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Apple, Google and the open alternativeJay Lyman, February 3, 2010 @ 4:10 pm ET
Say what you will about Google, its open source software use, its perspective on openness or its lack of openness in some cases (and as evidenced by the links, I have), but the company deserves some credit for being — like it or not — the ‘open alternative.’ In addition to its contributions of code, developers and support to open source, Google also gets credit as the biggest, toughest ‘open’ badge wearer. Regardless of how open it is or is not, at least we have a formidable software and technology company carrying the mantle of the open alternative.
Take Android as an example. Although we continue to hear developer and vendor concerns about its openness, including recent reports it is not continuing in mainline Linux kernel development, Android continues to present the biggest challenge to Apple’s iPhone, both in terms of actual market penetration and buzz. While Android has its limitations in terms of openness, it continues to put pressure on Apple to be more open itself, particularly with its development process and application store. Much in the same way enterprise open source software vendors have put pressure on proprietary competitors to lower prices, improve support and quality, I believe Android is similarly keeping pressure on Apple to respond to concerns about its closed, controlled approach.
Now the discussion has turned to Apple’s recently announced iPad tablet device. As I indicated, I expected some type of open source response, most likely from an existing technology or effort. Where is the open alternative coming from? Again, it appears it is Google, this time with Chrome. Had it been proposed, announced or rumored before Apple’s iPad, a tablet from Google might not seem very open at all in terms of developer and partner access to source code and other aspects. However, when it sits alongside Apple’s announcement and strategy, it again becomes the open alternative.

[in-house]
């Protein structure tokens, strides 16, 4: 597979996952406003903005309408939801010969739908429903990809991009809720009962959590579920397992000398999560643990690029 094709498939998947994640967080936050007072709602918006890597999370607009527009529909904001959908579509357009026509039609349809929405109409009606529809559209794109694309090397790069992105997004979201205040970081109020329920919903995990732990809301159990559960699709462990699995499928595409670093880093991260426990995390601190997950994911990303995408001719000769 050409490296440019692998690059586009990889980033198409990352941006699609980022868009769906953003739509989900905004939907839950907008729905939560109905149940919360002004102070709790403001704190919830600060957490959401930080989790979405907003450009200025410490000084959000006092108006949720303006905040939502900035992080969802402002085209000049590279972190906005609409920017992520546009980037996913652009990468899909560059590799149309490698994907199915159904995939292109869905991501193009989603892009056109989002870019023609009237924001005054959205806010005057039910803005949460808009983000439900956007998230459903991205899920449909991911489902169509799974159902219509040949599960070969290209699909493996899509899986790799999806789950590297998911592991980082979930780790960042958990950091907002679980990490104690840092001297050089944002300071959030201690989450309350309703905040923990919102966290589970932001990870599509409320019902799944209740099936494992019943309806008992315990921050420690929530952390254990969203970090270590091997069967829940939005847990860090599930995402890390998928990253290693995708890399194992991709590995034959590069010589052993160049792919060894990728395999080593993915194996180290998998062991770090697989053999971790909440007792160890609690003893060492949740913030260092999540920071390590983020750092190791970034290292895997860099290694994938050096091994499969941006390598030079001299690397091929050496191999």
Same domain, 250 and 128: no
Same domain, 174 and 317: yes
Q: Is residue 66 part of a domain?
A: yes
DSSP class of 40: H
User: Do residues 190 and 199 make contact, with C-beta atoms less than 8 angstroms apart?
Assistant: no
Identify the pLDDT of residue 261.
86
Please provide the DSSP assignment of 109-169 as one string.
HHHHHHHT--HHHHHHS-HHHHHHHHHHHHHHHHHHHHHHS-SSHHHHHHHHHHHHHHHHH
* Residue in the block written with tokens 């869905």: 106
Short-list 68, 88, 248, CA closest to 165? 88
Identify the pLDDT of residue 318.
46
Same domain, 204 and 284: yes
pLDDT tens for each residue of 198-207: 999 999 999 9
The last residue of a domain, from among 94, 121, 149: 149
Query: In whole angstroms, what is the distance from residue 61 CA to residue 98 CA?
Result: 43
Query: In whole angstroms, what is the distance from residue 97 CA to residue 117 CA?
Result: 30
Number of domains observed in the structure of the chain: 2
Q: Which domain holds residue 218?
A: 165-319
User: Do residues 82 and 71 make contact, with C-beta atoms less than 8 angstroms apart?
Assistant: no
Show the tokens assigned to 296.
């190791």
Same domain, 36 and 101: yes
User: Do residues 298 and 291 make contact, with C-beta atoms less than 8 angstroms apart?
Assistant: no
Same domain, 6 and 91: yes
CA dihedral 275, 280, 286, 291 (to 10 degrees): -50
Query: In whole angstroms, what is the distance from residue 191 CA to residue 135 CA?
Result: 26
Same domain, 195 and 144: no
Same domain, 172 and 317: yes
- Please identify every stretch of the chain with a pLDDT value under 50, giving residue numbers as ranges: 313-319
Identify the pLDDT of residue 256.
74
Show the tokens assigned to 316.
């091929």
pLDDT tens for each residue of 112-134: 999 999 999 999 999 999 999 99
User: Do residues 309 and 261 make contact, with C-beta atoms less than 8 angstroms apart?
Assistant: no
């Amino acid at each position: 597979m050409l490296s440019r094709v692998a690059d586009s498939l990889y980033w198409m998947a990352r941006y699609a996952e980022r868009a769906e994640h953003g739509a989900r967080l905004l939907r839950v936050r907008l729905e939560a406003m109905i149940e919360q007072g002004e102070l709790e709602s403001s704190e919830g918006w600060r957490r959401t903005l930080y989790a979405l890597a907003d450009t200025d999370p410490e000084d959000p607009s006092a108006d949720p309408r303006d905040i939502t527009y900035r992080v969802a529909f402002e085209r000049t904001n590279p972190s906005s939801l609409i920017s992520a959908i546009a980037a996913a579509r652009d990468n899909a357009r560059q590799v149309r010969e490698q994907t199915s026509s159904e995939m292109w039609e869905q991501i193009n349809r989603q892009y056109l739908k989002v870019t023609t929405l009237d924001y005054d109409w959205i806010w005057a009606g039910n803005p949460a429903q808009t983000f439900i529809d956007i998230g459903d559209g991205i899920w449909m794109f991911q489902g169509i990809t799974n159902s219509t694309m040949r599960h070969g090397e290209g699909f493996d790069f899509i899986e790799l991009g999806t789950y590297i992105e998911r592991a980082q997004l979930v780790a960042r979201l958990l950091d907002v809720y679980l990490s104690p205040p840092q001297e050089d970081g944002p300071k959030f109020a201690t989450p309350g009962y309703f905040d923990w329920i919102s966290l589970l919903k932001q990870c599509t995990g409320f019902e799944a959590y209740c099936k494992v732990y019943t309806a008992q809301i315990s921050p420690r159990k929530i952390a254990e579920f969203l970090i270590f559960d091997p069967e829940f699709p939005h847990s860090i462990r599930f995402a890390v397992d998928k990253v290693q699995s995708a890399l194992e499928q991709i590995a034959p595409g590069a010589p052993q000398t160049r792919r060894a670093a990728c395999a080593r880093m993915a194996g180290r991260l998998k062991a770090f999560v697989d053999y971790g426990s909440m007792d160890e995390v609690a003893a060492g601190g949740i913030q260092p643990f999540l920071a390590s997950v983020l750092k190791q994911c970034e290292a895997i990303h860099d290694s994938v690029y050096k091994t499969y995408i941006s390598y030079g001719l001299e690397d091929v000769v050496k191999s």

Whatever Apple comes up with, it seems Google or somebody else or a band of competitors such as the Open Handset Alliance are ready and willing to come up with something in response. In order to make it cost-effective, fast, brandable and developer-friendly, the response also involves open source software.
This is a theme we highlighted in our CAOS special report, Mobility Matters. Part of the reason we saw real traction for mobile Linux, particularly Android, after previous false starts for mobile Linux and open source software was the array of hardware and handset makers, third-party software vendors, wireless carriers, advertising outfits and others that were all similarly focused on their iPhone response: the open alternative.
True, the concerns and issues around Android’s openness, or lack thereof, have significant implications. This is further illustration of how Google may be the open alternative juxtaposed against Apple, but by adding its own strings and closures, Google is also leaving the door open for another, more open alternative. Perhaps Palm and its WebOS are an example, but again, it seems no matter what a company or consortium does, they still leave opportunity for a relatively more open alternative.
It begs the question of how open is open enough? The answer inevitably varies for developers, consumers, vendors and enterprises, but it appears open alternatives will continue to serve as competition and counterbalance to closed technology and strategy and this is a good thing.
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